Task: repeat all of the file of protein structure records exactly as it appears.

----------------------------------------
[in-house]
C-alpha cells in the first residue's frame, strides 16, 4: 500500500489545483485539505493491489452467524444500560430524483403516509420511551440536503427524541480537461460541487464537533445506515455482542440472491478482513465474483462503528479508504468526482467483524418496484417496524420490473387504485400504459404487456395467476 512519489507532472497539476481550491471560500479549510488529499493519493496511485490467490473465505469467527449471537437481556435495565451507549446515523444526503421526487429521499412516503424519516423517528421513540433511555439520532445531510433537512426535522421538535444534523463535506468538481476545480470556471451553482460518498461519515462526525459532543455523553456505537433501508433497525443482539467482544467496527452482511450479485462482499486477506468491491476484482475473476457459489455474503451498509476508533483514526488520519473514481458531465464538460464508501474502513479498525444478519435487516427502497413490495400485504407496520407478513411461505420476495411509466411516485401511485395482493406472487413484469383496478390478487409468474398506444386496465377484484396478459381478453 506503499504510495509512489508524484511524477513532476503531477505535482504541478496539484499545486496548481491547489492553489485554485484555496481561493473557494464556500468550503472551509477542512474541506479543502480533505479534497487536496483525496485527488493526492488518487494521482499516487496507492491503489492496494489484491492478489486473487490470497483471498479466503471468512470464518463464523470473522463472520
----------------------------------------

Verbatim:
[in-house]
C-alpha cells in the first residue's frame, strides 16, 4: 500500500489545483485539505493491489452467524444500560430524483403516509420511551440536503427524541480537461460541487464537533445506515455482542440472491478482513465474483462503528479508504468526482467483524418496484417496524420490473387504485400504459404487456395467476 512519489507532472497539476481550491471560500479549510488529499493519493496511485490467490473465505469467527449471537437481556435495565451507549446515523444526503421526487429521499412516503424519516423517528421513540433511555439520532445531510433537512426535522421538535444534523463535506468538481476545480470556471451553482460518498461519515462526525459532543455523553456505537433501508433497525443482539467482544467496527452482511450479485462482499486477506468491491476484482475473476457459489455474503451498509476508533483514526488520519473514481458531465464538460464508501474502513479498525444478519435487516427502497413490495400485504407496520407478513411461505420476495411509466411516485401511485395482493406472487413484469383496478390478487409468474398506444386496465377484484396478459381478453 506503499504510495509512489508524484511524477513532476503531477505535482504541478496539484499545486496548481491547489492553489485554485484555496481561493473557494464556500468550503472551509477542512474541506479543502480533505479534497487536496483525496485527488493526492488518487494521482499516487496507492491503489492496494489484491492478489486473487490470497483471498479466503471468512470464518463464523470473522463472520